DUDLEY Council is flying the Union Flag at half mast as a mark of respect following the sad death of the Duke of Edinburgh.

A virtual book of condolence is also to be opened.

Kevin O’Keefe, chief executive of the council, said: "We are greatly saddened to hear of the death of the Duke of Edinburgh and on behalf of myself and the people of Dudley borough I would like to send sincere condolences to the royal family at this time.

"The Duke of Edinburgh served as Queen’s consort for 70 years, dedicating his life to public service and the borough is privileged to have welcomed the Duke of Edinburgh on two occasions during the Duke’s lifetime. He first visited with the Queen in 1957 as part of a tour of Staffordshire and Worcestershire and in 1977 as part of the celebrations to mark the Queen’s Silver Jubilee.

"As a mark of respect, we will be flying the Union Flag at half mast, and there will be a virtual book condolence for people to sign."

The Duke visited the borough with Her Majesty The Queen in April 1957 as part of a tour of Staffordshire and Worcestershire, covering 11 towns in the Midlands including Halesowen, Oldbury, Rowley Regis, Dudley, Brierley Hill, Stourbridge, Hagley, Kidderminster and Worcester.

The day included a tour of a Brierley Hill glassworks, an open topped drive through Stourbridge’s Mary Stevens Park, lunch at Dudley Town Hall and a visit to the famous forge of Walter Somers Ltd., where, among many operations, they witnessed the forging of great crankshafts for ocean-going vessels.

The couple were cheered by thousands of people along the route, with massive crowds waiting and cheering patriotically at Mary Stevens Park, Stourbridge, at Priory Street as she visited Dudley Council House and in Halesowen as the royal car left the borough.

The royal couple returned on July 27, 1977, as part of the celebrations to mark her Silver Jubilee with a visit to the Council House, Dudley, where they met the Mayor of Dudley Councillor Jim Taylor, and other officials while crowds lined the streets.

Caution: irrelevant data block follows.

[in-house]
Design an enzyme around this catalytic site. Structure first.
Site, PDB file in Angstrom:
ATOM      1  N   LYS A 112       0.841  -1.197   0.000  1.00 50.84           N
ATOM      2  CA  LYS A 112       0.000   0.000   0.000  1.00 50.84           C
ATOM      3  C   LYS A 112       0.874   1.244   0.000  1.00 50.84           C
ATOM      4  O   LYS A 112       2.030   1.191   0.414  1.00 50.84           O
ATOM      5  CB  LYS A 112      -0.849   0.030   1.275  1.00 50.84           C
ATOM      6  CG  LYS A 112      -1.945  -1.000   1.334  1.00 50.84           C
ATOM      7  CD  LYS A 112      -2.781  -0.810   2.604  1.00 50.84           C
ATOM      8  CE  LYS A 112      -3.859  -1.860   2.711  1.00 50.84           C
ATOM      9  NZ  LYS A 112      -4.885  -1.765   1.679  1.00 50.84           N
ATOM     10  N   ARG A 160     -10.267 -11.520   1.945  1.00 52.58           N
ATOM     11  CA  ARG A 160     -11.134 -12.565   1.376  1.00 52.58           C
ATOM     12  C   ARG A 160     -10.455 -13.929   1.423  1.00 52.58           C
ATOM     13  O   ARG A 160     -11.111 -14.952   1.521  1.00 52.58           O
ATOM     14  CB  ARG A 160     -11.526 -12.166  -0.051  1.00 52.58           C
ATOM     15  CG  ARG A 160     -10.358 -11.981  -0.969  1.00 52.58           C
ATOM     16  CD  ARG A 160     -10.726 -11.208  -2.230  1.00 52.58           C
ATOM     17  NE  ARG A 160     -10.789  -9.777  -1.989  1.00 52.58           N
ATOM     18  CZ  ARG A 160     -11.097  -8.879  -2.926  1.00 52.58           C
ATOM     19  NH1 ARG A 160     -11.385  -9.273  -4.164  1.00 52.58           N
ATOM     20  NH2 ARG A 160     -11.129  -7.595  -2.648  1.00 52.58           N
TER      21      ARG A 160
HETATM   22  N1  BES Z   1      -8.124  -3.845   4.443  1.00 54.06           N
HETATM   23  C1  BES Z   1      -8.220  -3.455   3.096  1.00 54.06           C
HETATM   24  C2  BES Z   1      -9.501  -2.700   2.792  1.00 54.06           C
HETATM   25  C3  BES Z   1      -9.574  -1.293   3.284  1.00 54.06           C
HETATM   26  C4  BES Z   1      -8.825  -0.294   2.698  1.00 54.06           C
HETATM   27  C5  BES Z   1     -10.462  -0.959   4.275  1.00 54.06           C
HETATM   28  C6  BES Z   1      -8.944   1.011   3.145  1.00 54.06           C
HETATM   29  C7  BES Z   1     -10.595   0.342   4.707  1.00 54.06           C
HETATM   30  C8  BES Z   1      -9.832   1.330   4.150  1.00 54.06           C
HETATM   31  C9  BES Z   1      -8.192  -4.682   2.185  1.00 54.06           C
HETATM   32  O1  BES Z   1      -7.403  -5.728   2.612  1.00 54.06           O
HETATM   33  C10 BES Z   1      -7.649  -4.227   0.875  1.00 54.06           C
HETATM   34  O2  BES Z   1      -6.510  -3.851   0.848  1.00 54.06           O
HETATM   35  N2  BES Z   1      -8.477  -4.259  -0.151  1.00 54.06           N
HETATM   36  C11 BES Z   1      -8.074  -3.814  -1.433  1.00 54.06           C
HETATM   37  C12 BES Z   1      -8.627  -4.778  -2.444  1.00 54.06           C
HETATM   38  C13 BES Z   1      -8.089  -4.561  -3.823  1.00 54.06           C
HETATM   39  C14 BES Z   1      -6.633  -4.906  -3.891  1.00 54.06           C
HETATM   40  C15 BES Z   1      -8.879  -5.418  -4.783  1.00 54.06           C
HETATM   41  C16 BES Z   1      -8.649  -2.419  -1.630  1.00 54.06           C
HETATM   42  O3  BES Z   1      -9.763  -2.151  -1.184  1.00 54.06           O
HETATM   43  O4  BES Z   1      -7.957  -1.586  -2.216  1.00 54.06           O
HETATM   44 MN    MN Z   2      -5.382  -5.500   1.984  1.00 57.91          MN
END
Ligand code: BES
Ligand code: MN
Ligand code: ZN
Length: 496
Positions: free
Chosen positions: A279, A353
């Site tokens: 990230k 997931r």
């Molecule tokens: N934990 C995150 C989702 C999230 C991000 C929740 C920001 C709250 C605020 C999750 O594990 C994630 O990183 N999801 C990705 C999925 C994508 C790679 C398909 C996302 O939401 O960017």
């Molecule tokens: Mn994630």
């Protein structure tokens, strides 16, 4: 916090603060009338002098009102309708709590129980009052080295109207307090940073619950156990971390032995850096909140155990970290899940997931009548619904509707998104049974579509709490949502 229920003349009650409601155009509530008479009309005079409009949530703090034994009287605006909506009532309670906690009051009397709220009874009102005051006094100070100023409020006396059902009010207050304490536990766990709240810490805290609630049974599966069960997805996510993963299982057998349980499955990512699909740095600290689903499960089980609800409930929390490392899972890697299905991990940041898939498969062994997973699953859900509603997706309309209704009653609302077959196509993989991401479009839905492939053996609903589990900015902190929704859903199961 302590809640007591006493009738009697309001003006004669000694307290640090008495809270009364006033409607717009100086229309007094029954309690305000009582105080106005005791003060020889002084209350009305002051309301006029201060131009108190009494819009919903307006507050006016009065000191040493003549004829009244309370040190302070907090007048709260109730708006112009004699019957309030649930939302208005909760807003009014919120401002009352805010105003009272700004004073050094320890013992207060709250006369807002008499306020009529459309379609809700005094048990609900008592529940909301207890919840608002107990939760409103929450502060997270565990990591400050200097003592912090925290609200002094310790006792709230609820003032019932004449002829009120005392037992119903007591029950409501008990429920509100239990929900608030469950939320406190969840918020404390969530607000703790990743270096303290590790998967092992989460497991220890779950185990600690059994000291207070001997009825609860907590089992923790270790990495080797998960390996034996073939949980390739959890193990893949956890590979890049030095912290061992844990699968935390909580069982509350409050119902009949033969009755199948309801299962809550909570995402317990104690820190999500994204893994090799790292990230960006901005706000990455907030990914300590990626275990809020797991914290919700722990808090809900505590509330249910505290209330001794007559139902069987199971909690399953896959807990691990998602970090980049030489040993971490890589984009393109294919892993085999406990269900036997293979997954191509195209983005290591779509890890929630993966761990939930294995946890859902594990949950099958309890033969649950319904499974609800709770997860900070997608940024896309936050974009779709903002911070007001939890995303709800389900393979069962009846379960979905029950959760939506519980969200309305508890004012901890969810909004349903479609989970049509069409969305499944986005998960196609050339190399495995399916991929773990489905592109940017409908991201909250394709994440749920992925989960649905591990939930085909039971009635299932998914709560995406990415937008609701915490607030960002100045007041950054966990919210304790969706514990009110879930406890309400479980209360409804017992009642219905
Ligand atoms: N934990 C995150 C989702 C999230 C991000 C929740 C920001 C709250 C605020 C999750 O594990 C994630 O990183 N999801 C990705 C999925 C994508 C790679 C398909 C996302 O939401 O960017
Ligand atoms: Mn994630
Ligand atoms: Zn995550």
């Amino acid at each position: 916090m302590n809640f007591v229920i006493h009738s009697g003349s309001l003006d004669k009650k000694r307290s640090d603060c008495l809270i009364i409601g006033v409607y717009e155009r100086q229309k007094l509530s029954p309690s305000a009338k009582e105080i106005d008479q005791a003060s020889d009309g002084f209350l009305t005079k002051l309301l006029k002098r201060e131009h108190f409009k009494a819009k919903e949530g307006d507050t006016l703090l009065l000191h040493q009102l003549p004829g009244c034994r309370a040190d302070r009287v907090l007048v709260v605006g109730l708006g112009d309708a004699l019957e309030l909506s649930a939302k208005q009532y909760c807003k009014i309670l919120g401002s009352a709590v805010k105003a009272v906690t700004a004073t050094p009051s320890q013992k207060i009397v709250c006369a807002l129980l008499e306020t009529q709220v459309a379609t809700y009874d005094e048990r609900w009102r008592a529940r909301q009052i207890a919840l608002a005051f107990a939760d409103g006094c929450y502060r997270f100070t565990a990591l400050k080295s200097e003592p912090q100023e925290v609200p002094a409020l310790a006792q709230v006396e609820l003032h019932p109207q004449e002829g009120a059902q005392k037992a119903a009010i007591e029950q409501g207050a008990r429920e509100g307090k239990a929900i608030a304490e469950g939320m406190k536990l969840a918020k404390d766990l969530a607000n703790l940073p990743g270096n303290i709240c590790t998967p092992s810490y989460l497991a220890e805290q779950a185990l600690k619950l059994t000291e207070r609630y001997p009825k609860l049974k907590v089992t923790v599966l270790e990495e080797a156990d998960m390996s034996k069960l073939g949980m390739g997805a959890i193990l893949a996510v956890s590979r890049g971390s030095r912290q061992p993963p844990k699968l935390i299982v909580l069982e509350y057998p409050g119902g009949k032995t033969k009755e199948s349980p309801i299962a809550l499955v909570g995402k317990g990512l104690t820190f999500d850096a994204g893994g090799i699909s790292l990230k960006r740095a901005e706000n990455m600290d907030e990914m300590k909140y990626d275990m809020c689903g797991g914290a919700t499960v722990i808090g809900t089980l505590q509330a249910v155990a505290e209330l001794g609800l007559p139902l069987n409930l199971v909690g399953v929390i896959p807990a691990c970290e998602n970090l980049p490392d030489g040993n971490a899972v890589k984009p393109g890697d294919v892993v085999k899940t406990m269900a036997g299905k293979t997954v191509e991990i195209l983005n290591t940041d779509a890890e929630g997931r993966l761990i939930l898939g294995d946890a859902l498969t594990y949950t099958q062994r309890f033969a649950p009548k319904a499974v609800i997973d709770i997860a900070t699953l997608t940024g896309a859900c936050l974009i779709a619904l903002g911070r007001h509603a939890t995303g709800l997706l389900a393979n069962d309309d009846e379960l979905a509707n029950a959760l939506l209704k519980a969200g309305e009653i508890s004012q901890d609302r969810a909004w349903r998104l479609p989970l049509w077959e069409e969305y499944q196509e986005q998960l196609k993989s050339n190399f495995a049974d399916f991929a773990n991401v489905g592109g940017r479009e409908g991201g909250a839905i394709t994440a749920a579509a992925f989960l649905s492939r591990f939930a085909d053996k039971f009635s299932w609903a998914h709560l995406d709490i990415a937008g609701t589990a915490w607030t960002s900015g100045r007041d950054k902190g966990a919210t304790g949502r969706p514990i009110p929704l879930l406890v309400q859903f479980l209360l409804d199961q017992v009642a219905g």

This was part of a nationwide tour of the country, which saw the Queen and the Duke of Edinburgh go to 36 counties across Great Britain and Northern Ireland.

Other leaders across the West Midlands have been paying tribute to Prince Philip who died peacefully at Windsor Castle early today.

Andy Street, the Mayor of the West Midlands, said: “I am incredibly saddened to hear of the passing of His Royal Highness Prince Philip, the Duke of Edinburgh. For more than seven decades he has been the rock by our Queen’s side, as well as being an incredible public servant.

“I know many people across the West Midlands will have personal memories of the Prince from his visits, as well as from all his work to support so many charities and organisations. My thoughts are with the Royal Family at this very sad time.”

Deborah Cadman OBE, chief executive of the West Midlands Combined Authority said: “Our thoughts are, of course, with the Queen and members of the Royal Family at this very sad time for them. But the news is sad for us all and the passing of Prince Philip will be mourned across the region.

“Many of us will have happy memories of the times we’ve welcomed him to the West Midlands during his long life of exemplary public service.”